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Friday, 24 July 2015 13:44

Work + Wages: FL fast-food workers + Labor

Written by  Compiled by Team SCPA

Posted July 24 2015
Work + Wages, cont'd.

Union rallies fast-food workers in Florida for minimum wage hike, by John Kennedy, July 23, 2015

With New York state moving toward a $15-an-hour minimum wage for fast-food workers, a Florida union Thursday pushed this state to get behind a similar rate.

Rallies were held in Miami, Fort Lauderdale, Orlando and St. Petersburg  by the Service Employees International Union and its allies to underscore the need for a $15 standard. Florida’s $8.05-per-hour minimum wage isn’t much different than the $8.75-level in New York, which is all but certain to change in coming weeks.

“Florida is home to the second-largest number of employees earning minimum wage in the United States,” said state Rep. Dwight Dudley, D-St. Petersburg.

“Increasing their pay will not only help working families escape poverty, it will also create additional jobs by stimulating our consumer economy. At the end of the day, raising the minimum wage is a win-win proposition for all Floridians.” …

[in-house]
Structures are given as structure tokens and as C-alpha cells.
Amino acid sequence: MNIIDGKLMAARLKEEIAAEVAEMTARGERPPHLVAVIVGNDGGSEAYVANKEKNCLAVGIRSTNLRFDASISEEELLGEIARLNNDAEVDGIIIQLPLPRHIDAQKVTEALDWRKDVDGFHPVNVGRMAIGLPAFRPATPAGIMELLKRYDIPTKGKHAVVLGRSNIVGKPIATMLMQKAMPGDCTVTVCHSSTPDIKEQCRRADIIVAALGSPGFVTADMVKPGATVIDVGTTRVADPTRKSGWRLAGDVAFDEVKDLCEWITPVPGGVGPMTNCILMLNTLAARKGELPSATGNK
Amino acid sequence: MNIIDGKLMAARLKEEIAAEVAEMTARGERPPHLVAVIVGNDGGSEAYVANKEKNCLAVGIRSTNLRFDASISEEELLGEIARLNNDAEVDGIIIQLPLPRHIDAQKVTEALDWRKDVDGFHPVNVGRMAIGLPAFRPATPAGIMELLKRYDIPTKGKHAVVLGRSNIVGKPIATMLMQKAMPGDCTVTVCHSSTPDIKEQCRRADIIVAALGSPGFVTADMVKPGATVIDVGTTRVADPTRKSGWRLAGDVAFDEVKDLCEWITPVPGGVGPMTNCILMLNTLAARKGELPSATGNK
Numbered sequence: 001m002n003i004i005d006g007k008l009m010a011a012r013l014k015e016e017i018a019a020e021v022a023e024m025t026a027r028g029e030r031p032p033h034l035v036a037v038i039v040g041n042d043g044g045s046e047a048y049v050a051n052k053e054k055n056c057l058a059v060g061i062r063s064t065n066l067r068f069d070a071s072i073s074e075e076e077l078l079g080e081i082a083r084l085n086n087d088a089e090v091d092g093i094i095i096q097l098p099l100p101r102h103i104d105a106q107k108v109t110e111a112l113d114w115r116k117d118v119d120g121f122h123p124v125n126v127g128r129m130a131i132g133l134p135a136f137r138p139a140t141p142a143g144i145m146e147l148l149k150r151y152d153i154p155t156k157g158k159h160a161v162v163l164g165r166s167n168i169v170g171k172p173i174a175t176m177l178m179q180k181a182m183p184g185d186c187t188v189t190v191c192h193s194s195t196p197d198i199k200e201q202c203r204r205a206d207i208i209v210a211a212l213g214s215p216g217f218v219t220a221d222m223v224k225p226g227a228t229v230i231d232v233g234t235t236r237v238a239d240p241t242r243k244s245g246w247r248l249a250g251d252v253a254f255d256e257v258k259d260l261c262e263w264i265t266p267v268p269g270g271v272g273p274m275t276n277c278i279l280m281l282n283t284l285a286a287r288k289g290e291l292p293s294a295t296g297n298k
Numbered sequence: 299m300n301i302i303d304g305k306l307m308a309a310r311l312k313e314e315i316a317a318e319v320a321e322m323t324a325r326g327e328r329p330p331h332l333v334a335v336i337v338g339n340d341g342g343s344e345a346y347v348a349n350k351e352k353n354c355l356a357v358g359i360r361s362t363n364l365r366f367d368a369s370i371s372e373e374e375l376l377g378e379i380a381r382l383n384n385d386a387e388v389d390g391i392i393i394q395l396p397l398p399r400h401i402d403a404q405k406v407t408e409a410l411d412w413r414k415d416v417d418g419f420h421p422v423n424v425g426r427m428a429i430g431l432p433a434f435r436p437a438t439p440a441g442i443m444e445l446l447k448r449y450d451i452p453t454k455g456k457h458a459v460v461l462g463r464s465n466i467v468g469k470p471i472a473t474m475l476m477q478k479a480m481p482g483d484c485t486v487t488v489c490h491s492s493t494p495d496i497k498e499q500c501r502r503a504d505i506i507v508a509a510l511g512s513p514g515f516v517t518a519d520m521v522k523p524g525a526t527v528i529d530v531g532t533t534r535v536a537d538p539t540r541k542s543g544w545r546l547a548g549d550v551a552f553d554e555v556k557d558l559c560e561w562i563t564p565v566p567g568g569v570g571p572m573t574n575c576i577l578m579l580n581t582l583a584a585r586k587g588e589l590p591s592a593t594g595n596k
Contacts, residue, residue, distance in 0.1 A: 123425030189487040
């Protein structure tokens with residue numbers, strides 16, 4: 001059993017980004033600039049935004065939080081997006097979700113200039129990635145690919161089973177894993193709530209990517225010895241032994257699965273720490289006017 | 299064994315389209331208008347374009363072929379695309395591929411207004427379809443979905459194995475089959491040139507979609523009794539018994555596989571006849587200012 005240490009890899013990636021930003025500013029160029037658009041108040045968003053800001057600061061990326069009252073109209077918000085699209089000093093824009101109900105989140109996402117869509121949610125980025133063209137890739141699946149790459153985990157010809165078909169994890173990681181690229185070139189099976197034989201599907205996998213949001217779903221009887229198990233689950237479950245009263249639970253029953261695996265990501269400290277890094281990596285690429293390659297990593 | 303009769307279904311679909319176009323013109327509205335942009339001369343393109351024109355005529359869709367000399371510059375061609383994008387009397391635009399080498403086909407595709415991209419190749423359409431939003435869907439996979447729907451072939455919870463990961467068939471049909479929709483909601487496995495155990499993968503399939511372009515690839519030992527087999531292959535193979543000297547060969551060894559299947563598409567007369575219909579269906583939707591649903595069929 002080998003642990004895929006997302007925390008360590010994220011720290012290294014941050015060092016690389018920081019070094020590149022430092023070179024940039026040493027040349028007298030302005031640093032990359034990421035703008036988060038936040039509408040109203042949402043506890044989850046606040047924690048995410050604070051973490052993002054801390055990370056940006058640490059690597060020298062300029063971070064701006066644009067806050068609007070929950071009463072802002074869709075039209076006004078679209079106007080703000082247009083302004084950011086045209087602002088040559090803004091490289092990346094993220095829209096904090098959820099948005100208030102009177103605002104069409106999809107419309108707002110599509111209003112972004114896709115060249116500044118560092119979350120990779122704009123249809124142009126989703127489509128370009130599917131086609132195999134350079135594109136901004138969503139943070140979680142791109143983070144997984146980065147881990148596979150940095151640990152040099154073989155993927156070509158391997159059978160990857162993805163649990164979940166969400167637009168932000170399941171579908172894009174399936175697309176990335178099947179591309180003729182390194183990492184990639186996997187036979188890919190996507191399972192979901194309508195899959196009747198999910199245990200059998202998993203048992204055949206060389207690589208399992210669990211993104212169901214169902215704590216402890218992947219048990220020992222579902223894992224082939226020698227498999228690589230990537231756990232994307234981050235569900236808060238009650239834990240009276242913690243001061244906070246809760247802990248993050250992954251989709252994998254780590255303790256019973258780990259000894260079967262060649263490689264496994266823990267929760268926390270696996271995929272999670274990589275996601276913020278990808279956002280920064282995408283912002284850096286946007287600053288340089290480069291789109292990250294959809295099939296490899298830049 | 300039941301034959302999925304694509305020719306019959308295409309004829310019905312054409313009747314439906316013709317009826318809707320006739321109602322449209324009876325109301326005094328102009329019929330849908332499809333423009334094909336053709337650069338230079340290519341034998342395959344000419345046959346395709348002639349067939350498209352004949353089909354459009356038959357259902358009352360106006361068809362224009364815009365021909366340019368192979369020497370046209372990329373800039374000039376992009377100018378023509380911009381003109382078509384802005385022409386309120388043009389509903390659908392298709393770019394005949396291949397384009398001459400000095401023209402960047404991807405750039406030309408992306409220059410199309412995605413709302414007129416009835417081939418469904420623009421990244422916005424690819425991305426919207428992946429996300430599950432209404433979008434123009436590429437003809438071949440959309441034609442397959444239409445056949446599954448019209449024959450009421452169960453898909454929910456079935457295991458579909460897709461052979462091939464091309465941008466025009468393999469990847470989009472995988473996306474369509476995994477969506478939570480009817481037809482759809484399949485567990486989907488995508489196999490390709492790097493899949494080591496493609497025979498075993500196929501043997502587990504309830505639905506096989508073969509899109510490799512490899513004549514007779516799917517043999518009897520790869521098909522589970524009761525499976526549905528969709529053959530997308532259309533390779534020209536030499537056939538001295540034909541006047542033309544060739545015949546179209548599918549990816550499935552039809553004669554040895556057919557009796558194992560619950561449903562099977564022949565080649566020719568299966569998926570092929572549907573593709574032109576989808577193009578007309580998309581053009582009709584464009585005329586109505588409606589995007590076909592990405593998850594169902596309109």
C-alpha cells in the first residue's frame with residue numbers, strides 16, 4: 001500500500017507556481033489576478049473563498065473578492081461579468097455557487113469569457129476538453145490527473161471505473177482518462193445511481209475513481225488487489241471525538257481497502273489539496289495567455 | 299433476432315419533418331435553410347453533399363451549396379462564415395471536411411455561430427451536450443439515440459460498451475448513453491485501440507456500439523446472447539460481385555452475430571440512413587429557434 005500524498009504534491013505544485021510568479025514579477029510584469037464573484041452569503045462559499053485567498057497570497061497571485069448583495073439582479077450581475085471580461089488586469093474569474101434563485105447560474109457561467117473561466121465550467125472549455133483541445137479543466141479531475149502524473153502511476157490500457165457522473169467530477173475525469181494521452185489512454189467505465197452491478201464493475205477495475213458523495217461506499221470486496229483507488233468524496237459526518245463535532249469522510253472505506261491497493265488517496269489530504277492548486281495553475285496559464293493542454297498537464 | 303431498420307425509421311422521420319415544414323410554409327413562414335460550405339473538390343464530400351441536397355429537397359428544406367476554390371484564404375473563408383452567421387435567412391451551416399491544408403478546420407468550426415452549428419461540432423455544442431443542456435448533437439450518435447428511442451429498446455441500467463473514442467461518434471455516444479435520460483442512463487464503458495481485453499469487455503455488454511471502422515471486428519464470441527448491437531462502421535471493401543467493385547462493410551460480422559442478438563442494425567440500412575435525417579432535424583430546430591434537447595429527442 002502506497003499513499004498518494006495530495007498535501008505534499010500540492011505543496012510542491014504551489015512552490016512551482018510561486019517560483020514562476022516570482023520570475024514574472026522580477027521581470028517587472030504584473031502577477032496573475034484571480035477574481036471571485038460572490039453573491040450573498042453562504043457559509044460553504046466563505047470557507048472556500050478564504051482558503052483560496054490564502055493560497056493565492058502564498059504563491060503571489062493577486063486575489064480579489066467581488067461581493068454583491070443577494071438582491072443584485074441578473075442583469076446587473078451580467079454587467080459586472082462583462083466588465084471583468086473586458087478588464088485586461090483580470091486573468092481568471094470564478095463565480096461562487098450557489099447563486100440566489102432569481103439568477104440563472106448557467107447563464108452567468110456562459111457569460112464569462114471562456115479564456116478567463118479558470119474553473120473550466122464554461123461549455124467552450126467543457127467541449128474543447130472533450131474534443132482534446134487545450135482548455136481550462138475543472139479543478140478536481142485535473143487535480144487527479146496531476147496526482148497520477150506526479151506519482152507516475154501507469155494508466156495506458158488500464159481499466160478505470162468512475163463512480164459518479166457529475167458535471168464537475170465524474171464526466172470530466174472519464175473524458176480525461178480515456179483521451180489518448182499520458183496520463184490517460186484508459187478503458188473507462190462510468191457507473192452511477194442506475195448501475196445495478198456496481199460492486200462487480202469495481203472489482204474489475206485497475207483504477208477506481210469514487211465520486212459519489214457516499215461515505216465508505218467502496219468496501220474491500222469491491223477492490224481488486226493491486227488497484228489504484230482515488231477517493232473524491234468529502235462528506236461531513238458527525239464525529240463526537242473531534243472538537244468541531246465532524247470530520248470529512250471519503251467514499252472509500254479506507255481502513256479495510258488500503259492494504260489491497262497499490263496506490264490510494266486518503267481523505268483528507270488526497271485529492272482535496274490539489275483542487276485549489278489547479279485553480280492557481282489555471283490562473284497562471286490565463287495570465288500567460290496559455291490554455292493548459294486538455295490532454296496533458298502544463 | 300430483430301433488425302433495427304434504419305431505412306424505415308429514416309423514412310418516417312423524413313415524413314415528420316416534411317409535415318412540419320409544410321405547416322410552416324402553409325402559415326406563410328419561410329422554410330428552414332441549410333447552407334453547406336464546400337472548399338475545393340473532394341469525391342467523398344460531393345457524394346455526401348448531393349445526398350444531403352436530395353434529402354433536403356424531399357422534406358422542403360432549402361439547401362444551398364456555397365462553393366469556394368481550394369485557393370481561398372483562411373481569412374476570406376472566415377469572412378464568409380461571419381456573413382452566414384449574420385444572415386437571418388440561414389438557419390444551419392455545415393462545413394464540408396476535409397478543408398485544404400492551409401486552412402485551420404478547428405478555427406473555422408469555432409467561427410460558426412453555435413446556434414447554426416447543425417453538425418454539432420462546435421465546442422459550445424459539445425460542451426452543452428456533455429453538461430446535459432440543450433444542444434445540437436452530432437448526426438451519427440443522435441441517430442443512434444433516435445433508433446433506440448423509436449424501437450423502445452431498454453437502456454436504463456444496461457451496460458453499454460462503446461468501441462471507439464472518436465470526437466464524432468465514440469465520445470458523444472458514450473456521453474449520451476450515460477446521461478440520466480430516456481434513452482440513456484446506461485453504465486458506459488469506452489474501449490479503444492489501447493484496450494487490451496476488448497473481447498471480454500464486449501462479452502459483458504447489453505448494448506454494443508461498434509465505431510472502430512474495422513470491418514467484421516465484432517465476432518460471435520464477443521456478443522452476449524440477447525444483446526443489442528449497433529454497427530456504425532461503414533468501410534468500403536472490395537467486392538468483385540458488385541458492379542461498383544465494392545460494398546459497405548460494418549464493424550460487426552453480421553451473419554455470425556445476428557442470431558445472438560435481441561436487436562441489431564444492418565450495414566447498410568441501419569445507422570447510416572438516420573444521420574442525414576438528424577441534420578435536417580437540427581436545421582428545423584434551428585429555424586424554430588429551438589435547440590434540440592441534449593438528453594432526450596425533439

If Labor Dies, What's Next?

The only way unions can regain their strength and provide a counterweight to corporate power is if liberals join the fight.

American Prospect, by Harold Meyerson

Imagine America without unions. This shouldn’t be hard. In much of America unions have already disappeared. In the rest of America they’re battling for their lives.

Unions have been declining for decades. In the early 1950s, one out of three American workers belonged to them, four out of ten in the private sector. Today, only 11.8 percent of American workers are union members; in the private sector, just 6.9 percent. The vanishing act varies by region—in the South, it’s almost total—but proceeds relentlessly everywhere. Since 1983, the number of states in which at least 10 percent of private-sector workers have union contracts has shrunk from 42 to 8.

Following the 2010 elections, a number of newly elected Republican governors and legislatures in the industrial Midwest, long a union stronghold, moved to reduce labor’s numbers to the trace-element levels that exist in the South. A cold political logic spurred their attacks: Labor was the chief source of funding and volunteers for their Democratic opponents, and working-class whites, who still constitute a sizable share of the electorate in their states, were far more likely to vote Democratic if they belonged to a union. The fiscal crisis of the states provided the pretext for Republicans to try to take out their foremost adversaries, public-employee unions. …

Compiled by Team SCPA


Last modified on Friday, 24 July 2015 14:00
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